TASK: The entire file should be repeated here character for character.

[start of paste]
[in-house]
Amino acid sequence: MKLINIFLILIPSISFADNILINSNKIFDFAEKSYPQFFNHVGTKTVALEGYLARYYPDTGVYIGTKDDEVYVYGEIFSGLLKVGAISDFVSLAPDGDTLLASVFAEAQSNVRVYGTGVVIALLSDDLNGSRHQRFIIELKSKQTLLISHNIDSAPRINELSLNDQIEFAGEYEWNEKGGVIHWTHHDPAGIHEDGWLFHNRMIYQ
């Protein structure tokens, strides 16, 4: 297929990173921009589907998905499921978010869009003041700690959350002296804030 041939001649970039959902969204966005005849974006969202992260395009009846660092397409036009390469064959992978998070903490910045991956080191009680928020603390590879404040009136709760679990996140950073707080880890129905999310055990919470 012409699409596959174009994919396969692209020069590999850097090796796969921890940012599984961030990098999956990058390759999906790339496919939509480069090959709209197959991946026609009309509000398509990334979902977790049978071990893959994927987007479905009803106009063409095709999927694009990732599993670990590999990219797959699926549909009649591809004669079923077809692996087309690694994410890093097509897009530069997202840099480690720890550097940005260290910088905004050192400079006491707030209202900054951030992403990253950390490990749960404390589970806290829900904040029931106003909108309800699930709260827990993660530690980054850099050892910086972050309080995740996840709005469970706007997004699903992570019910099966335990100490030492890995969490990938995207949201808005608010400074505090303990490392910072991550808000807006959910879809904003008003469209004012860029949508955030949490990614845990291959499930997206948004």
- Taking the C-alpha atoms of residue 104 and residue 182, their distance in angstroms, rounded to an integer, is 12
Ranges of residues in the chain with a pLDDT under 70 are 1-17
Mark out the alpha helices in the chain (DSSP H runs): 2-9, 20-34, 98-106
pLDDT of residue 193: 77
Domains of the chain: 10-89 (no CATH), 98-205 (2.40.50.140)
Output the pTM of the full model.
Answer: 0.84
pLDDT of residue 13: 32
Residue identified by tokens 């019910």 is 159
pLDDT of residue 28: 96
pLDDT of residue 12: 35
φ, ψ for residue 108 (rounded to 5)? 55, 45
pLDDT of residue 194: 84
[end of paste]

[in-house]
Amino acid sequence: MKLINIFLILIPSISFADNILINSNKIFDFAEKSYPQFFNHVGTKTVALEGYLARYYPDTGVYIGTKDDEVYVYGEIFSGLLKVGAISDFVSLAPDGDTLLASVFAEAQSNVRVYGTGVVIALLSDDLNGSRHQRFIIELKSKQTLLISHNIDSAPRINELSLNDQIEFAGEYEWNEKGGVIHWTHHDPAGIHEDGWLFHNRMIYQ
């Protein structure tokens, strides 16, 4: 297929990173921009589907998905499921978010869009003041700690959350002296804030 041939001649970039959902969204966005005849974006969202992260395009009846660092397409036009390469064959992978998070903490910045991956080191009680928020603390590879404040009136709760679990996140950073707080880890129905999310055990919470 012409699409596959174009994919396969692209020069590999850097090796796969921890940012599984961030990098999956990058390759999906790339496919939509480069090959709209197959991946026609009309509000398509990334979902977790049978071990893959994927987007479905009803106009063409095709999927694009990732599993670990590999990219797959699926549909009649591809004669079923077809692996087309690694994410890093097509897009530069997202840099480690720890550097940005260290910088905004050192400079006491707030209202900054951030992403990253950390490990749960404390589970806290829900904040029931106003909108309800699930709260827990993660530690980054850099050892910086972050309080995740996840709005469970706007997004699903992570019910099966335990100490030492890995969490990938995207949201808005608010400074505090303990490392910072991550808000807006959910879809904003008003469209004012860029949508955030949490990614845990291959499930997206948004």
- Taking the C-alpha atoms of residue 104 and residue 182, their distance in angstroms, rounded to an integer, is 12
Ranges of residues in the chain with a pLDDT under 70 are 1-17
Mark out the alpha helices in the chain (DSSP H runs): 2-9, 20-34, 98-106
pLDDT of residue 193: 77
Domains of the chain: 10-89 (no CATH), 98-205 (2.40.50.140)
Output the pTM of the full model.
Answer: 0.84
pLDDT of residue 13: 32
Residue identified by tokens 């019910």 is 159
pLDDT of residue 28: 96
pLDDT of residue 12: 35
φ, ψ for residue 108 (rounded to 5)? 55, 45
pLDDT of residue 194: 84